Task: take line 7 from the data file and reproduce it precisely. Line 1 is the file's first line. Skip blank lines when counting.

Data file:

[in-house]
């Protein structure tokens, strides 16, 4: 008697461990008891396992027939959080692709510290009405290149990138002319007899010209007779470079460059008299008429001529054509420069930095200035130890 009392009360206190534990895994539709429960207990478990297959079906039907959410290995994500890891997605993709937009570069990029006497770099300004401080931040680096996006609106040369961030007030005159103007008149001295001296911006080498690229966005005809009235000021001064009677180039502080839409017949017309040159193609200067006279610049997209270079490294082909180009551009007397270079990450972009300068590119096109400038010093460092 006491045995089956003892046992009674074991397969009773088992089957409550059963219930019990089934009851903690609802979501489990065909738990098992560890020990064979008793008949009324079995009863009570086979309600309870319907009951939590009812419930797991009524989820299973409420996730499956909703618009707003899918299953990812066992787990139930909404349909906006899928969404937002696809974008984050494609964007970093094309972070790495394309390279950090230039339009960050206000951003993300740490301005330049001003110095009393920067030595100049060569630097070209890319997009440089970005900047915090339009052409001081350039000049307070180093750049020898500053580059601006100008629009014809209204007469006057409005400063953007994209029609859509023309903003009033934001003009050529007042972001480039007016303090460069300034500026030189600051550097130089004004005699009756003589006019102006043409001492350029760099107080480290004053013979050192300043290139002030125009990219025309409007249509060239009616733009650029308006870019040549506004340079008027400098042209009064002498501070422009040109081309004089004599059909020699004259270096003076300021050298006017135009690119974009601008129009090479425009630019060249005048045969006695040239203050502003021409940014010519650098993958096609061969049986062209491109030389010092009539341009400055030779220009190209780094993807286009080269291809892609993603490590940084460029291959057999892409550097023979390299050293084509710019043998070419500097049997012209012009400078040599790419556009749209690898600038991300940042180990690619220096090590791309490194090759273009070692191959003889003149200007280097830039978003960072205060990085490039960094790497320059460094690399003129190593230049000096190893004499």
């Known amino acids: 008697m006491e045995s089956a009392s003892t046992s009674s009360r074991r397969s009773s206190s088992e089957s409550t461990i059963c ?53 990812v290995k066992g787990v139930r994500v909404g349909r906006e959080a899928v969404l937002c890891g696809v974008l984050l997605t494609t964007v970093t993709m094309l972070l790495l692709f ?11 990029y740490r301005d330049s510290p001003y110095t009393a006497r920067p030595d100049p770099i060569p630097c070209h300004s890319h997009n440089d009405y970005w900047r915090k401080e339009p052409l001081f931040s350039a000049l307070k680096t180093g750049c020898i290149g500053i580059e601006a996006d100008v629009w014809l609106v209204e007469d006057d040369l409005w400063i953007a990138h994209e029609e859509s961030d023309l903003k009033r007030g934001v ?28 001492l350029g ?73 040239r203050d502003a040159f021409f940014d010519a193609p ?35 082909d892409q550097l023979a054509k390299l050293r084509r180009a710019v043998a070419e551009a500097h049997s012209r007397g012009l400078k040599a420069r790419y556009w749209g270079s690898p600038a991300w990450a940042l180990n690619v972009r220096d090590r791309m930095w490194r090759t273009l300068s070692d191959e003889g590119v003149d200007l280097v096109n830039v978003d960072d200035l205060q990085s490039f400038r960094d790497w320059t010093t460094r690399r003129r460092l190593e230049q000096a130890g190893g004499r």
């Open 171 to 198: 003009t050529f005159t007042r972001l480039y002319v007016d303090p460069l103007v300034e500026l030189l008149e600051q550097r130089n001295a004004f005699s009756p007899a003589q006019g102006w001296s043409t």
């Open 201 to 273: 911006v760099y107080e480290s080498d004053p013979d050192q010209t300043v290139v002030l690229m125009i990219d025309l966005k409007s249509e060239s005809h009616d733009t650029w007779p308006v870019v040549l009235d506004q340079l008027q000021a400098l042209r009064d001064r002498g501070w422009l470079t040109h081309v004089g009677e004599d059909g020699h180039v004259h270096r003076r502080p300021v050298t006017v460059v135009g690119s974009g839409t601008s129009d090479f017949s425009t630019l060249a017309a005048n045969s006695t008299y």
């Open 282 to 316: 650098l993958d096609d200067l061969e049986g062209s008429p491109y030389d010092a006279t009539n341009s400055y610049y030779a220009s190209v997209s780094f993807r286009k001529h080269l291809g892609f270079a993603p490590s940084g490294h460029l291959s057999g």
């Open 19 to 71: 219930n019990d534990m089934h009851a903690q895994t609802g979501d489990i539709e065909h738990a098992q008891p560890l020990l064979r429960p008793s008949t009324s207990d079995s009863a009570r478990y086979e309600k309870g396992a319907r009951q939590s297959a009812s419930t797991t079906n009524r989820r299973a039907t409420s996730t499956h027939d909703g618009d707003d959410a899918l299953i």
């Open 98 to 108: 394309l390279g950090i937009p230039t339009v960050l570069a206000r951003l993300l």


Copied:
């Open 19 to 71: 219930n019990d534990m089934h009851a903690q895994t609802g979501d489990i539709e065909h738990a098992q008891p560890l020990l064979r429960p008793s008949t009324s207990d079995s009863a009570r478990y086979e309600k309870g396992a319907r009951q939590s297959a009812s419930t797991t079906n009524r989820r299973a039907t409420s996730t499956h027939d909703g618009d707003d959410a899918l299953i």